Lately I’ve been so creative that I think I’ve been overwhelming people. I’ve been writing poem after poem. I’ve made dozens of faith collages – collages where I take beautiful art and photography I find online, make collages out of them, edit them, and add Bible verses. I am bombarding my blog and my Instagram. I can’t hardly help myself. Sometimes I am more creative, sometimes less. But right now my cup overfloweth. I know at some point I’ll hit a wall and need to rest my head for awhile, but until I’m there I’m going to create as much as I possible can. I may start creating abstract alcohol ink paintings, which are my favorite. I actually bought a little alcohol ink painting on tile when we were on vacation and I love it. It is in my curio cabinet. I think I’ll do alcohol inks when I’m done with collages for awhile.
Right now I am so deep in creativity that I am wearing my mind out. I have allowed myself to dive all the way in, to fall into the glittering abyss of creative passion. I am expressing myself and dying to myself at the same time. My creativity runs me. It is as though I am a mere conduit for ideas that come from somewhere outside of me, and I think they are from above.
Sometimes you have to create for you or for a few friends. I know some people, even many people, don’t like my collages. Not every one likes loud colors, especially so many bright images together – and I edit images to be loud! But I love them, and I make them for me as an act of worship to God. They reflect my joy in Him, and my personality. I share them because a few other people seem to like them and if even one person enjoys the scripture or the images I will be grateful.
Create something for God. Create something for you. Create something to share with other people. The more art, literature, dancing, and theater there is in the world, the better the world will be.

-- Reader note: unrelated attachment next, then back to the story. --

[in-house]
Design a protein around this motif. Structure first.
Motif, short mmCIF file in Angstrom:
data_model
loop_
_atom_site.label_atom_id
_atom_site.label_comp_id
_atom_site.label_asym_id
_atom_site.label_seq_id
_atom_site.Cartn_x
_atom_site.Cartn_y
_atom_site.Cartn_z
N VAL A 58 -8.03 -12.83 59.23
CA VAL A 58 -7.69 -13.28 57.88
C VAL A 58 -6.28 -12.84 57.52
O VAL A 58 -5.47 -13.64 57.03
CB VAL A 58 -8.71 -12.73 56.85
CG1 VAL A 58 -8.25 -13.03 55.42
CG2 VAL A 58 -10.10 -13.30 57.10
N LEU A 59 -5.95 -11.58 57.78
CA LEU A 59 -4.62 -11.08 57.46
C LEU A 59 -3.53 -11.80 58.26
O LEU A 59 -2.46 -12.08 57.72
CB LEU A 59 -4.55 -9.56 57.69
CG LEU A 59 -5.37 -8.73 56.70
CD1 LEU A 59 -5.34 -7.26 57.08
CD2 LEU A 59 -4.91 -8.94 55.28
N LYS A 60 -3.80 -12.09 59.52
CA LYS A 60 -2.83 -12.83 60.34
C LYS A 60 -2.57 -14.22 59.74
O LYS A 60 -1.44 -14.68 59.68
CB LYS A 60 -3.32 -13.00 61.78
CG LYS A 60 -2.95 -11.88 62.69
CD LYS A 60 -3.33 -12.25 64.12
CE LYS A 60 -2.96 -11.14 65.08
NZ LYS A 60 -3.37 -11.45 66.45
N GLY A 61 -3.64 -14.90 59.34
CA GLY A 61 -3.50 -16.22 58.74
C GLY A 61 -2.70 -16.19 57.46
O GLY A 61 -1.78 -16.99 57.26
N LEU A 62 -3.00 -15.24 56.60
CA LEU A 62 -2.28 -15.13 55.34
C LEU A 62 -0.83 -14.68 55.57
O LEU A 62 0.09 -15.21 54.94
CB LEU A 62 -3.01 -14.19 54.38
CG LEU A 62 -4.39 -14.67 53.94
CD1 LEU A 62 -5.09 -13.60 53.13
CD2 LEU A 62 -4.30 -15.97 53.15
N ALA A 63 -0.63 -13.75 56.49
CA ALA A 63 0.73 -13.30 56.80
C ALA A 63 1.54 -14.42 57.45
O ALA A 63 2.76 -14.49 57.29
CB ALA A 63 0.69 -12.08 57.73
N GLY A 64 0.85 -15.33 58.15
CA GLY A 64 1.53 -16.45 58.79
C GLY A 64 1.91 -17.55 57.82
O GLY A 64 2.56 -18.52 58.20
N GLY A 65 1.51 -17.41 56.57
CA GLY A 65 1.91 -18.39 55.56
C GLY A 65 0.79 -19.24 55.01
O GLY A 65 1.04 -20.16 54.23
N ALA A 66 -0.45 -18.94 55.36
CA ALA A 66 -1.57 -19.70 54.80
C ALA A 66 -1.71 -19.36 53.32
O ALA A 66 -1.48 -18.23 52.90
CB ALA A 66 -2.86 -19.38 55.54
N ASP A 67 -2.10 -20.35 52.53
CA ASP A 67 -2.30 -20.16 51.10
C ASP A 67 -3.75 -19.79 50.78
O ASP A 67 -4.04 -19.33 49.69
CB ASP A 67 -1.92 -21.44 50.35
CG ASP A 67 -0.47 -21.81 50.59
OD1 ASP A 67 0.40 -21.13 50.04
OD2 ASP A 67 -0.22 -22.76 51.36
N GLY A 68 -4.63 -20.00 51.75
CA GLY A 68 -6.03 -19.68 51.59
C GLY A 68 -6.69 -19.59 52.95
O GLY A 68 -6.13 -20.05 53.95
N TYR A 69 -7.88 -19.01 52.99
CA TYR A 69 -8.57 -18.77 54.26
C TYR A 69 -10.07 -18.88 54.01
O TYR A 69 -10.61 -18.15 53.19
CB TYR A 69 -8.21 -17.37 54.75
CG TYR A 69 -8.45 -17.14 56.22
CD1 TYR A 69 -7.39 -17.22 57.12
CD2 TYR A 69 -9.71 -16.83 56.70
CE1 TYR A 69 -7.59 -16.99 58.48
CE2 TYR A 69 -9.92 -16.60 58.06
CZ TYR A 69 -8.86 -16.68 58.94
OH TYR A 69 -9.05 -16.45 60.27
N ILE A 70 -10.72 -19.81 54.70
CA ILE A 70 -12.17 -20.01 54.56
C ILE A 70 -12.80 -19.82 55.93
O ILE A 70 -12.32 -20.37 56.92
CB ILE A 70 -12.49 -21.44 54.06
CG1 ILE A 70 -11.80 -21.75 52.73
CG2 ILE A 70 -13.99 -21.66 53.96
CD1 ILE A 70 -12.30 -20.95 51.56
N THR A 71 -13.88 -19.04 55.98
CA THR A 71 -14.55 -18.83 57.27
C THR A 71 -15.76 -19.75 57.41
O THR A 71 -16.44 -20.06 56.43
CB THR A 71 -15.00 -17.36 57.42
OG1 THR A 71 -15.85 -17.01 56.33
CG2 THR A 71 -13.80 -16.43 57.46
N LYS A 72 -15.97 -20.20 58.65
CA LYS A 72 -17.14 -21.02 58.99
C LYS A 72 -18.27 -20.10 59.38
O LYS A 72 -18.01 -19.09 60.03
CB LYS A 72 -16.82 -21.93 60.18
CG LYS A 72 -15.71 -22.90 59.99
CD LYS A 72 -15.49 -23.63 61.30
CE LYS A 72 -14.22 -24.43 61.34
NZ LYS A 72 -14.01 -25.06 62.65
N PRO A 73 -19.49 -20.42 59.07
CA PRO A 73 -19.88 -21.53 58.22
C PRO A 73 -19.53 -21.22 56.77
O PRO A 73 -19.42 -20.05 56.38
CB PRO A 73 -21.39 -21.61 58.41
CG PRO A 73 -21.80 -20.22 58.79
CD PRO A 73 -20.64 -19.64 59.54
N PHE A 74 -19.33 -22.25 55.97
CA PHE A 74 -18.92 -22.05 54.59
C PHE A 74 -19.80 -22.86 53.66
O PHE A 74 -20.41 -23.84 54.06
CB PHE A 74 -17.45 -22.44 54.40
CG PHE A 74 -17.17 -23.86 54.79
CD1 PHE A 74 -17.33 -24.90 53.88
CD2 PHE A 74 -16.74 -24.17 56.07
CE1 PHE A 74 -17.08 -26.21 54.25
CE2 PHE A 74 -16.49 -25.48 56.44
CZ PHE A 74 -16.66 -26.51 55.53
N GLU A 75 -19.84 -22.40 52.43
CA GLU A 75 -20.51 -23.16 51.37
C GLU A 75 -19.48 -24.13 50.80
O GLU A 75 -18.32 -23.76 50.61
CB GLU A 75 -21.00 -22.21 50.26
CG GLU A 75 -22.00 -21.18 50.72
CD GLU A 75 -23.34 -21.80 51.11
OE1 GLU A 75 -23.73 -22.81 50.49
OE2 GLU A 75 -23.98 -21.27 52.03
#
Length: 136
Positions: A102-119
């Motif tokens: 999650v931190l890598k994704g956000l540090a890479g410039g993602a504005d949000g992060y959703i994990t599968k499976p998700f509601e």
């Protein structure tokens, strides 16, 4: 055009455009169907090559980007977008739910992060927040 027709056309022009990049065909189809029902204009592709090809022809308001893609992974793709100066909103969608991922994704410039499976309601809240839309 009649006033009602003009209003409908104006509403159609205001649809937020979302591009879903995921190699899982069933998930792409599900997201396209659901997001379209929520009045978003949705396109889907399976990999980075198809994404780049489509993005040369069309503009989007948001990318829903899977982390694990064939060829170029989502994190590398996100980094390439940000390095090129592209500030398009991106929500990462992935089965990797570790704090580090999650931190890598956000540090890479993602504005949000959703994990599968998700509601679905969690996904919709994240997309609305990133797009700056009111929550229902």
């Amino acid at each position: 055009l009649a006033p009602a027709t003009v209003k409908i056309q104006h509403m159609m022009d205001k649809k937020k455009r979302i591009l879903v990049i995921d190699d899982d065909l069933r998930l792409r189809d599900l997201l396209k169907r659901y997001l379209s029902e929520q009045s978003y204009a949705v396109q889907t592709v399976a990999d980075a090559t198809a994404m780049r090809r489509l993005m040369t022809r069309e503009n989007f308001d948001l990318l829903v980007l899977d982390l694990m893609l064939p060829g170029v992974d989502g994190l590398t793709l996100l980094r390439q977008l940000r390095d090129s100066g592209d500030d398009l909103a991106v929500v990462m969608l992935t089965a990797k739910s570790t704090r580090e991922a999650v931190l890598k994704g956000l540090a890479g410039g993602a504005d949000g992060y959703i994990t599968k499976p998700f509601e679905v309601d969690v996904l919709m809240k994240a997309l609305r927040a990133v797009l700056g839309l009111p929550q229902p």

In the maturescence of time,
the callous heavens will descend
and coat everything in pearls.
The sea will become useless,
the blood on your bed bathetic.
Who will we be without our sins,
washed white as winter?
So many things leave us unsatisfied, disappointed, wanting more. Sometimes that is just the result of greed and avarice. But sometimes it is because things or people really have been disappointing. Sometimes friends disappoint us. Everyone has that ex-friend who is out of their lives for a very good reason. Sometimes even our own families disappoint us. Sometimes our relationships with them leave us wanting more, leave us coping with hurt or disappointment or even rage. Some of them mean to fail us. Some don’t.
God never fails. God never disappoints. His love is unfailing. God is reliable. His Word slakes a thirst that water (or an ice cold Coke!) never could. God does no wrong – to anyone. His ways are righteous. He does things for our good, not to harm us. When you can’t count on your family or friends or coworkers or whoever to do right by you, you can count on your just God.
Friendships change. People betray us, the drift away from us, they let us down. Family cannot always be counted on. Sometimes other people, even those we are close to, are bitter, vindictive, controlling, petty, selfish, dishonest,manipulative, and mean spirited. But the one constant in life, in my life, is God. He gives me things I can’t get anywhere else – unconditional love, grace, peace.
This verse poses two interesting ideas. First of all, delighting in the Lord. It is so easy, especially when you are in spiritual doldrums, to see God more as judge and creator of rules and morality. And He is these things. But He should also be a source of joy, someone to delight in. God should be seen as a loving Father, the creator of all things beautiful and good, a light in a very dark room. And Christ should be a friend. He even refers to the disciples as His friends.